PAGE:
Book Review: ‘Eating Rome: Living the Good Life in the Eternal City’ by Elizabeth Minchilli

eating-rome elizabeth minchilli

If you’re looking for a delicious book that’s part cookbook and part travel memoir, you’ve found it. Elizabeth Minchilli’s “Eating Rome: Living the Good Life in the Eternal City” is a unique, honest romp, not through Rome, but through Elizabeth’s Rome — and it’s a fascinating journey.

Minchilli is an American with a strong connection to Rome. She lived in the city for two years as a child, moved back as a student, and now lives there full time with her Italian husband and two daughters. As a result, she’s the perfect authority on food, recipes, culture and addresses for tracking down the best in pizza, pasta and gelato.

Minchilli’s voice is everywhere in this book. Each chapter reads like a story and follows a theme: shopping at local markets, ordering coffee, the tradition of cucina povera, the elusive Italian breakfast or imposing Sunday dinner. Elizabeth’s personal experience is the thread holding the stories together, but at the end of each chapter, salient tips are listed for those who would take to the Roman streets themselves, along with her favorite Roman addresses and, of course, recipes.

That being said, this definitely isn’t a cookbook in the traditional sense — some of the chapters only have one or two recipes, and many have none. But by the end of the book, it feels as though you’ve been to Rome, eaten Rome. And you have more than enough addresses for the next time you find yourself in the eternal city.

 

artichoke pasta eating rome

Image: Emily Monaco

I sampled two recipes from the book. After her waxing poetic about the smell of artichokes — for Elizabeth, whose first childhood experience of a market was in Rome, this smell is the quintessential market smell –, I knew I had to make one of the artichoke recipes. I chose the artichokes with peas and mint pesto — the recipe was easy to follow, and the result perfectly executed thanks to Minchillo’s tips.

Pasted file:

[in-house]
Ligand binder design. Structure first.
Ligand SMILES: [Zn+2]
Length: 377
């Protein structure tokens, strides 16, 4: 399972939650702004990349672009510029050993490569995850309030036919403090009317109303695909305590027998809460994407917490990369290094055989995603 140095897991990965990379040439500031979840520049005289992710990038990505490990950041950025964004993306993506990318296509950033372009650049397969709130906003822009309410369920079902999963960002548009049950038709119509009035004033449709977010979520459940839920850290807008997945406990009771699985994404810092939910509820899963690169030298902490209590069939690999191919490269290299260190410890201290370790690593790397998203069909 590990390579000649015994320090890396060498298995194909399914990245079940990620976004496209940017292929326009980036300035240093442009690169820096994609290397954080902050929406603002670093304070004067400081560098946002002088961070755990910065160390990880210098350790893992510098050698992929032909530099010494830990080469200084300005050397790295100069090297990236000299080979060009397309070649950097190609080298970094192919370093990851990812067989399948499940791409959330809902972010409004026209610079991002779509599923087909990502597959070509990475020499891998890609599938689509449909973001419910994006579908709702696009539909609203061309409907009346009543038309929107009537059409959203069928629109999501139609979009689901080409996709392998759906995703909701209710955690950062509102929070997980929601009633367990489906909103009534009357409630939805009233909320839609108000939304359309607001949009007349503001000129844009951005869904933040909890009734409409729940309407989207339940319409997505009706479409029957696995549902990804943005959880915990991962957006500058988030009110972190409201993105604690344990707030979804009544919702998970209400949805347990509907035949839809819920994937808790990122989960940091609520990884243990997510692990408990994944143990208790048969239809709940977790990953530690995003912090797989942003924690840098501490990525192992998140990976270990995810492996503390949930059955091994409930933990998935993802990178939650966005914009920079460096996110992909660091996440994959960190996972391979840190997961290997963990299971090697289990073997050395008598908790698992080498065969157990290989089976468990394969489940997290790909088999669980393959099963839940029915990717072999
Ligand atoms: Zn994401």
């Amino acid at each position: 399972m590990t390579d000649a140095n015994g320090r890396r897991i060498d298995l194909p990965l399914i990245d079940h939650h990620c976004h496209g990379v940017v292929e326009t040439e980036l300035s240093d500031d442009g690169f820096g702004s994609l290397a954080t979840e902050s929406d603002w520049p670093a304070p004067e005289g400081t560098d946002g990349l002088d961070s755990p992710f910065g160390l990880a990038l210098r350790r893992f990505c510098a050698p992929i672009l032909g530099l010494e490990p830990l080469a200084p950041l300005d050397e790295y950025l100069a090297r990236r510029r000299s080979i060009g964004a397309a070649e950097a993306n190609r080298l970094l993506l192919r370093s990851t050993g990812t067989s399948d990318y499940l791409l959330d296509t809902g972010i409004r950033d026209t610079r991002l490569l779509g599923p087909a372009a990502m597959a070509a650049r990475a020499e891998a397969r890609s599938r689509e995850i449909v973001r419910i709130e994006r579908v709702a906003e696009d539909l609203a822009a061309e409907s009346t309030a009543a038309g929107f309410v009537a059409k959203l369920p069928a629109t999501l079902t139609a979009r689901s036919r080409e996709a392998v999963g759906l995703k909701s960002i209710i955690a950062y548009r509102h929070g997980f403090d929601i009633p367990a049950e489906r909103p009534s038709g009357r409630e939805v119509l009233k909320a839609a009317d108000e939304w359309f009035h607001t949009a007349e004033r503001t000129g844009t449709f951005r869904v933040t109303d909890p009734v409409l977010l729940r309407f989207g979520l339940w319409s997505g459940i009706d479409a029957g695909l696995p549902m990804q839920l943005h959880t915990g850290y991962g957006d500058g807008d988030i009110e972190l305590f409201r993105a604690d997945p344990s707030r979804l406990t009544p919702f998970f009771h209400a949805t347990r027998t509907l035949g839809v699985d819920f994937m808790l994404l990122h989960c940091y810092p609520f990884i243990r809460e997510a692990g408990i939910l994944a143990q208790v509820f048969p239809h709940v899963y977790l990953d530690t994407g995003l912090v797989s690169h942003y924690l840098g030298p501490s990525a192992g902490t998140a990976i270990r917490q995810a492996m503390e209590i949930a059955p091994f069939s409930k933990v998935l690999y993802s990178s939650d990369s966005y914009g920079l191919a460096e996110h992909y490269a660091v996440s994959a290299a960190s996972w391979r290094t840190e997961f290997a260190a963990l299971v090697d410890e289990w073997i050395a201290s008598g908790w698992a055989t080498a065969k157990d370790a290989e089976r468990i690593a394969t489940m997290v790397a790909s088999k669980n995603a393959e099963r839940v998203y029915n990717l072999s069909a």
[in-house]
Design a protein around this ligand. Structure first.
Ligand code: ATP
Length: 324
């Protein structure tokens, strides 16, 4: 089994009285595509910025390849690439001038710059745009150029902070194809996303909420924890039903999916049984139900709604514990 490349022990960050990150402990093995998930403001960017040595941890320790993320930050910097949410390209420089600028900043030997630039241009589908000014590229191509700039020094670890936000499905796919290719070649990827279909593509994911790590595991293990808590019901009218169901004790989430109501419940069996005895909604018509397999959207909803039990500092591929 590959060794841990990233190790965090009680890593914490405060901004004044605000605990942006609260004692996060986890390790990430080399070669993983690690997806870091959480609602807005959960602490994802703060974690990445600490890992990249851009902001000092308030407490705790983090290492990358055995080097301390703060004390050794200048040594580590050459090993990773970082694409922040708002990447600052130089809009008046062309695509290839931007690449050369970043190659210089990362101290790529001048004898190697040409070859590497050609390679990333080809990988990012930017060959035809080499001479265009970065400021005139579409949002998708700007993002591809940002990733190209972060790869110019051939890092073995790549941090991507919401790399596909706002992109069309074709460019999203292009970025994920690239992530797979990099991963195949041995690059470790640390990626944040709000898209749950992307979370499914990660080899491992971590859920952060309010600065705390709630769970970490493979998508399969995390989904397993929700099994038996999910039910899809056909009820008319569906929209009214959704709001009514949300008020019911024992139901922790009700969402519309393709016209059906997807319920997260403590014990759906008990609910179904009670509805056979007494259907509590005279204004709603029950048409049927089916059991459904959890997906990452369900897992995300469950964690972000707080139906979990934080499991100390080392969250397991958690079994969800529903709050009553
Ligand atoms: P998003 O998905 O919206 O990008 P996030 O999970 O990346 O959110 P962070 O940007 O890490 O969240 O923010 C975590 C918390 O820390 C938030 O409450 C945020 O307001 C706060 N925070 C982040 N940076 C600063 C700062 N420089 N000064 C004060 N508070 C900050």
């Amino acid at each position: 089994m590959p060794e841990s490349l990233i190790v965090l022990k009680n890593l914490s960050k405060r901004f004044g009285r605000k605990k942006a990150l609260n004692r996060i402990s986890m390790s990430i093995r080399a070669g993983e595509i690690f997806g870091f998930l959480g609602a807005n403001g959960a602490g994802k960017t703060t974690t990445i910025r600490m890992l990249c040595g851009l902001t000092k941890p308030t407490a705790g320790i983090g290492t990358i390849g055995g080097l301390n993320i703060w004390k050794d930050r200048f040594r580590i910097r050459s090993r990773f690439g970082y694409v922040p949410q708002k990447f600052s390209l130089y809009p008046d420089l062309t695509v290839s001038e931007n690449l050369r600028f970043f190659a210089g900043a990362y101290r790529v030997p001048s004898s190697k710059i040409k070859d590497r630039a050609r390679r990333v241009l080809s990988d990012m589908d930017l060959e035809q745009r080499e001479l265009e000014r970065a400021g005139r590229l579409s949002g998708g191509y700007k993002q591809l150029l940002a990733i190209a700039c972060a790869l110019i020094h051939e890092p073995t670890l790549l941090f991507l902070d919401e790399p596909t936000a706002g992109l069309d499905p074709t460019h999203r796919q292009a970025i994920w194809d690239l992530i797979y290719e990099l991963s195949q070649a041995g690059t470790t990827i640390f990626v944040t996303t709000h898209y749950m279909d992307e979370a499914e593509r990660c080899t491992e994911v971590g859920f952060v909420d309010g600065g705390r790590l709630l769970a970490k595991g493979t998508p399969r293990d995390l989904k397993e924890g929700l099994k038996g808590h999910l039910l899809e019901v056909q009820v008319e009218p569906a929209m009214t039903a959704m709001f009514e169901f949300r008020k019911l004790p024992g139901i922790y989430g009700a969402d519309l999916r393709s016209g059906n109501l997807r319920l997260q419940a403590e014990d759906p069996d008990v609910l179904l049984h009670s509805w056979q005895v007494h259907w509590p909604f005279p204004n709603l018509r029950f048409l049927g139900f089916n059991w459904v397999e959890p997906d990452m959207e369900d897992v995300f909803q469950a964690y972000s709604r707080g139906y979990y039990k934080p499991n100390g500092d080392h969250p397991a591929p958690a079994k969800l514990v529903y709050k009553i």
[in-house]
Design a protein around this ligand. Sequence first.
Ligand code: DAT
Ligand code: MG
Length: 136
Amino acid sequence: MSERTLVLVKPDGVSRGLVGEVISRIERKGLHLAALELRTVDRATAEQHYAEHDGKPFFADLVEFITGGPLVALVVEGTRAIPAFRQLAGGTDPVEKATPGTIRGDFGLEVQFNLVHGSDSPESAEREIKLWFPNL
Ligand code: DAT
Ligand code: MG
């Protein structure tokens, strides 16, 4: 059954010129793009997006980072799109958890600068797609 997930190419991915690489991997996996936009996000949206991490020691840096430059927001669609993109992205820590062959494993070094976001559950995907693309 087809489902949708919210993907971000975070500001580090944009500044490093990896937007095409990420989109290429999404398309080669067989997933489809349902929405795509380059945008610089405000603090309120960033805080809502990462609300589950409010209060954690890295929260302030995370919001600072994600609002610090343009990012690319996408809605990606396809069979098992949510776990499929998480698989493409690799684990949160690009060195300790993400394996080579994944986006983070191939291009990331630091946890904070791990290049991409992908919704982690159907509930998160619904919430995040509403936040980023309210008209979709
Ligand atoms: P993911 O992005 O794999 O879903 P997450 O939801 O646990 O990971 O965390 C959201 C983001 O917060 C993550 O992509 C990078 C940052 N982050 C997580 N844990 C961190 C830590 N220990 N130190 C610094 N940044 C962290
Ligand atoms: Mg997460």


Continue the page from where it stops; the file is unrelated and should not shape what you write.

eating rome artichoke pasta

Image: Emily Monaco

The recipes reflect Minchillo’s Italian attitude towards cooking: fresh ingredients are key, amounts may be approximate but will always lead you in the right direction, and seasoning is at the diner’s discretion. The combination of the freshness of mint with new, sweet spring peas and baby artichokes was delightful; I chose her husband’s native Pugliese orecchiette for this dish, and I wasn’t disappointed.

eating rome amatriciana

Image: Emily Monaco

The second recipe I tried was a favorite of my father’s from the first time he visited Rome — the experiences that Elizabeth details of her parents’ first journey there reminded me of the memories my father tried to recount of discovering trattorias with effortlessly delicious dishes. I wondered if Elizabeth could finally open the doors to the secrets of this elusive dish.

eating rome amatriciana

Image: Emily Monaco

I have tried for years to replicate amatriciana, my father’s favorite, to no avail, but with Elizabeth’s recipe, simplicity becomes the key to success. Slowly rendering the fat from the guanciale and sautéing the onions in this reserved fat makes for an unctuous sauce that clings perfectly to the bucatini. Elizabeth knows what she’s talking about.

Of course, this isn’t Minchelli’s first foray into the subject. Some may be familiar with her blog, where she details life and food in Rome. In fact, her gift with blog writing is evident in the style of the cookbook: many of the stories seem pulled from the blog, which means that occasional repetition can be found, but each chapter is such an individual gem that it doesn’t really matter.

Some will come to this book for the recipes, others when they plan to visit Rome, for the addresses that Elizabeth has spent years curating — she’s even developed three food apps for exploring the best places to eat in Florence, Rome and Venice. But while I’ll definitely be keeping bookmarks on recipes and addresses, coming back to this book will most definitely be due to a desire to revisit some of her nostalgic, often funny but always fantastically honest stories

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Top Image copyright Elizabeth Minchilli and St. Martin’s Press

Emily Monaco

Emily Monaco is an American food and culture writer based in Paris. She loves uncovering the stories behind ingredients and exposing the face of our food system, so that consumers can make educated choices. Her work has been published in the Wall Street Journal, Vice Munchies, and Serious Eats.